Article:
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Solemn public pays tribute

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WASHINGTON—The nation's capital embraced George H.W. Bush in death with solemn ceremony and high tributes to his service and decency, as the remains of the 41st president took their place in the Capitol Rotunda for three days of mourning and praise by the political elite and everyday citizens alike.

Members of the public lined up before sunrise to pay their respects as an honour guard stood watch beside Bush's casket in the cavernous Rotunda, open until tomorrow's funeral.

With Bush's casket atop the Lincoln Catafalque, first used for Abraham Lincoln's 1865 funeral, dignitaries came forward yesterday to honour the Texan whose efforts for his country extended three-quarters of a century from World War II through his final years as an advocate for volunteerism and relief for people displaced by natural disaster.

President from 1989-93, Bush died Friday at age 94.

In an invocation opening yesterday evening's ceremony, the U.S. House chaplain, the Rev. Patrick J Conroy, praised Bush's commitment to public service—from Navy pilot to congressman, U.N. ambassador, envoy to China, and then CIA director before being elected vice-president and then president.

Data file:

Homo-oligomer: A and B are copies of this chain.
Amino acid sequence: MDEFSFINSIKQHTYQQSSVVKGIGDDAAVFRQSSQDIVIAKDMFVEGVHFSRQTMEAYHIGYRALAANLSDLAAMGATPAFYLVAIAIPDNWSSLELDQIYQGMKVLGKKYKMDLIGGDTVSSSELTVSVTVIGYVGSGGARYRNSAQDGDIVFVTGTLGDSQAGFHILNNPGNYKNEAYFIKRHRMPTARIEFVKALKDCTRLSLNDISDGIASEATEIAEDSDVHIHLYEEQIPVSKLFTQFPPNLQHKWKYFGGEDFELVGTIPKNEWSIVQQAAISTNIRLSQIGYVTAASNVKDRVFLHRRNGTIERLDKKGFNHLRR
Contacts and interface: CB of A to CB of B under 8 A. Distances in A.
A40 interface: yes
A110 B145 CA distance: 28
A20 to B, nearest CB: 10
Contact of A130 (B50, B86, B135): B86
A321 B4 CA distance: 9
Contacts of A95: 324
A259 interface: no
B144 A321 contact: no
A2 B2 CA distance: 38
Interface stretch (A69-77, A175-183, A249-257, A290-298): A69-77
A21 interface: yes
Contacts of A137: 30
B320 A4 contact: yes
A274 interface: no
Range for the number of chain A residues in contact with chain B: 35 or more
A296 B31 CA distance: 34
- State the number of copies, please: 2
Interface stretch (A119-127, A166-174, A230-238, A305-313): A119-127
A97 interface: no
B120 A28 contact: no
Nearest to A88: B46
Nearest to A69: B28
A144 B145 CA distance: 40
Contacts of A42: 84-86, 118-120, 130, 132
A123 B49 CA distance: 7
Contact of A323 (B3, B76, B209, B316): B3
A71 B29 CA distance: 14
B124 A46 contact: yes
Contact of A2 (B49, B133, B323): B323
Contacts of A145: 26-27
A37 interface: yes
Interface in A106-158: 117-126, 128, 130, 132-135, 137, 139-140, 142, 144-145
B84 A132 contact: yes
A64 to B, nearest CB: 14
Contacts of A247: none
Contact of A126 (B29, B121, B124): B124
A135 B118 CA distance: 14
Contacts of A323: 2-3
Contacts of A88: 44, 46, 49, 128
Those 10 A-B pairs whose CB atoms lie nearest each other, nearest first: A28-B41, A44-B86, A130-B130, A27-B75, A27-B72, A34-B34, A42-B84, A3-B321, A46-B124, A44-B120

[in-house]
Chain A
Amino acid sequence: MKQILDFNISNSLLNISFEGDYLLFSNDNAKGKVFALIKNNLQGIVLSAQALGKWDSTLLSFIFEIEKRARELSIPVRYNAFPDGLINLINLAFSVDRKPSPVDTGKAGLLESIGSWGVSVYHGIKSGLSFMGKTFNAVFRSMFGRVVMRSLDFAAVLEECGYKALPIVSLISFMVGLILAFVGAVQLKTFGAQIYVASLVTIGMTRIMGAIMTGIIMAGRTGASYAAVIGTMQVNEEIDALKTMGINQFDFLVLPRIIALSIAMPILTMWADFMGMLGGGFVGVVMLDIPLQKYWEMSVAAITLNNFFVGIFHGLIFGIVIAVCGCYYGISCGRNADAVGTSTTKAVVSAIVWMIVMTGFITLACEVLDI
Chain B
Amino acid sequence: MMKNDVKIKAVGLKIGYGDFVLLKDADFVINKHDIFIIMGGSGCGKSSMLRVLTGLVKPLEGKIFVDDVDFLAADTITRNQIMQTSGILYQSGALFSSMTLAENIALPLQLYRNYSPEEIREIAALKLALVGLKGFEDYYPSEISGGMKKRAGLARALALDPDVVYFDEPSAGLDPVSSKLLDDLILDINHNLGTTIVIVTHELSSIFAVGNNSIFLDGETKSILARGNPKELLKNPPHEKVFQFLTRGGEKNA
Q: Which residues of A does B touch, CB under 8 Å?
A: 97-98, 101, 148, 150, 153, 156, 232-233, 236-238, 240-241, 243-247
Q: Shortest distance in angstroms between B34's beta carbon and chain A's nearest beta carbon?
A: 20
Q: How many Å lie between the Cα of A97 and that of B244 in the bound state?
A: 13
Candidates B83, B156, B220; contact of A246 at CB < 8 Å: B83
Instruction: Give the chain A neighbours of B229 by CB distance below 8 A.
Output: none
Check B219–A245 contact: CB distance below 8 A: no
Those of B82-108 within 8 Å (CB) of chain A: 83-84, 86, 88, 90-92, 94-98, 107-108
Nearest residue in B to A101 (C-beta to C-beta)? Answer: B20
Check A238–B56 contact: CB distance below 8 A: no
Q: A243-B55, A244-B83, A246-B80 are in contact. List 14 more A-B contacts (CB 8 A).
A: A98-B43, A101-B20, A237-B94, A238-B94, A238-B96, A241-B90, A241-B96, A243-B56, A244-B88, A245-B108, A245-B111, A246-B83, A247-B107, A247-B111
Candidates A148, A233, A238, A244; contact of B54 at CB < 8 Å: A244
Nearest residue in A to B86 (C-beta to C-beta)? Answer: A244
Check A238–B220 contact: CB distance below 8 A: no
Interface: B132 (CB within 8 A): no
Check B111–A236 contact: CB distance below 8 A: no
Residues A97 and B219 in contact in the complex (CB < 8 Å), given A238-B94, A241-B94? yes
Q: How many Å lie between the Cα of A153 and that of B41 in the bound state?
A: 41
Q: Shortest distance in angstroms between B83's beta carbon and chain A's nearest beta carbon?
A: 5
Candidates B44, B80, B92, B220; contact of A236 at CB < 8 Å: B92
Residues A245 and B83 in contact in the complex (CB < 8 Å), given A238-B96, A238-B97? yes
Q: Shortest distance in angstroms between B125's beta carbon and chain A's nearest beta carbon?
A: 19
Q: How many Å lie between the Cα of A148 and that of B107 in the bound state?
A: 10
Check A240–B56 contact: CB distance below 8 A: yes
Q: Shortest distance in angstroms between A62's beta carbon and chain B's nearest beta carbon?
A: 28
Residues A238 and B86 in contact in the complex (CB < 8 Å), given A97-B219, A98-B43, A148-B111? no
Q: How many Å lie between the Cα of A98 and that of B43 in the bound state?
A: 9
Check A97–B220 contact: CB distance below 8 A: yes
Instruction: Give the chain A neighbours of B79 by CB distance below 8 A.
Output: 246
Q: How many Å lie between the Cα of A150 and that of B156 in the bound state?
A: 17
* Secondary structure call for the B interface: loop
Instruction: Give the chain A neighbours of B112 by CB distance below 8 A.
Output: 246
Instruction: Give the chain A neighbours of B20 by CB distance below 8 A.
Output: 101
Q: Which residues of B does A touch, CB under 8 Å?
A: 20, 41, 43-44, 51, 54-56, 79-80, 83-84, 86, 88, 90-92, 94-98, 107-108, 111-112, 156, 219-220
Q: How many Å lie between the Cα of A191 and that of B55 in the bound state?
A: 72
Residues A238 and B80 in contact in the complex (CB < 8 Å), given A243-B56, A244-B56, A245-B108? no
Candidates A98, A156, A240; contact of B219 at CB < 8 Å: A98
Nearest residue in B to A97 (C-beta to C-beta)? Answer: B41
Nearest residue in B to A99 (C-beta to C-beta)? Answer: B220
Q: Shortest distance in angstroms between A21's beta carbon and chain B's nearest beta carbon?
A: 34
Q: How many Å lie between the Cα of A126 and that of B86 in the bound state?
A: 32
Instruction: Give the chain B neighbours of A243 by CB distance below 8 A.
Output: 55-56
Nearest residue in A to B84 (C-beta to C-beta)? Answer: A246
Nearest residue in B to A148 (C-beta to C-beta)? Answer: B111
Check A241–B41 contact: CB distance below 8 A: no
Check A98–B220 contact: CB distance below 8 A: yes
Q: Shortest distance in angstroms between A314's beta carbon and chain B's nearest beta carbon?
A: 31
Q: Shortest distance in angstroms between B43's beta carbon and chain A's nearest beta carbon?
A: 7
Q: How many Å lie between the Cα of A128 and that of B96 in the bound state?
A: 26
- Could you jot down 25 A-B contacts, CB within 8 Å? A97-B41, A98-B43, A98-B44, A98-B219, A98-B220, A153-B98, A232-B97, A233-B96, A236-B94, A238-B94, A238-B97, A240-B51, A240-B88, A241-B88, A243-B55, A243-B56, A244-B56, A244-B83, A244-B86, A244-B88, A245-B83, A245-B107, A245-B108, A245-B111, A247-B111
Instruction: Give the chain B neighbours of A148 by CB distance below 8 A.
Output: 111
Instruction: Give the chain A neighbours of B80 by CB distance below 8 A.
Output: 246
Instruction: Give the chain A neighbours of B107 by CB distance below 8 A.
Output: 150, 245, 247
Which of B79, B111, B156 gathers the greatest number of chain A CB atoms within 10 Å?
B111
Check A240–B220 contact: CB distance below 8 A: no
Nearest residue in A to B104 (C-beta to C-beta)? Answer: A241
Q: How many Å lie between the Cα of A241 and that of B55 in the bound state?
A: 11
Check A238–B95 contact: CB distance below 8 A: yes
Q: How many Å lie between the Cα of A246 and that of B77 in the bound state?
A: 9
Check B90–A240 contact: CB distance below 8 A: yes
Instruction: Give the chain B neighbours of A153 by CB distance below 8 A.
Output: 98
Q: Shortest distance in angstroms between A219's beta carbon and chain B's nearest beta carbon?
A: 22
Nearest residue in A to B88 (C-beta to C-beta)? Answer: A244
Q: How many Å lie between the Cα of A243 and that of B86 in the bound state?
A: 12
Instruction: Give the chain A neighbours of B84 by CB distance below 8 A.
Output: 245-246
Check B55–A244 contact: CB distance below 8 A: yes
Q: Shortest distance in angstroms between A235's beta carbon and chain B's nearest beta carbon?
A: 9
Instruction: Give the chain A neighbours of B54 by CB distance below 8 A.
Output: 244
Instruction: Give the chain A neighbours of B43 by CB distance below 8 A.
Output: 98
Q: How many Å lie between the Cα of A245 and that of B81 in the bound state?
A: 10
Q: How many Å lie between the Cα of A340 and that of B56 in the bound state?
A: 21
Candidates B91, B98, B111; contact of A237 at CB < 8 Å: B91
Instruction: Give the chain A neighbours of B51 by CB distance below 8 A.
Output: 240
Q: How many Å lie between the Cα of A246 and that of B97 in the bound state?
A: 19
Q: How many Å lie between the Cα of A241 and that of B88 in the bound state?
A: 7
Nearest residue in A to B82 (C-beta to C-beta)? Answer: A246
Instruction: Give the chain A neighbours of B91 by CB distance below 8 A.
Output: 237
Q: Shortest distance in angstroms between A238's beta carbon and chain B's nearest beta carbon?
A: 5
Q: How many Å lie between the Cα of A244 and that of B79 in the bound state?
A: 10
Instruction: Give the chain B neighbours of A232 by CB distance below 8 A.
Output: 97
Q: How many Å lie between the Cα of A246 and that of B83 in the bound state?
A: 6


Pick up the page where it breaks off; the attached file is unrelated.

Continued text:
“Here lies a great man and a gentle soul,” said Rep. Paul Ryan, the House speaker.

“His legacy is grace perfected.”

Vice-President Mike Pence and Republican Senate leader Mitch McConnell also spoke. President Donald Trump did not attend, but he and first lady Melania Trump came to the Capitol later yesterday to pay tribute.

They stood in front of the casket with their eyes closed for a few moments before Trump saluted the casket.

Political combatants set aside their fights to honour a Republican who led in a less-toxic era and at times found commonality with Democrats despite sharp policy disagreements.

Democratic Rep. Nancy Pelosi, a past House speaker nominated for the post in the new Congress, exchanged a warm hug with George W. Bush and came away dabbing her face.

Bush himself seemed to be holding back tears.

Pelosi and Chuck Schumer, the Senate Democratic leader, placed wreaths in the short ceremony before the rotunda was opened to the public.

Bush will lie in state in the Capitol for public visitation through tomorrow.

An invitation-only funeral service, which the Trumps will attend, then is set to be held at Washington National Cathedral.

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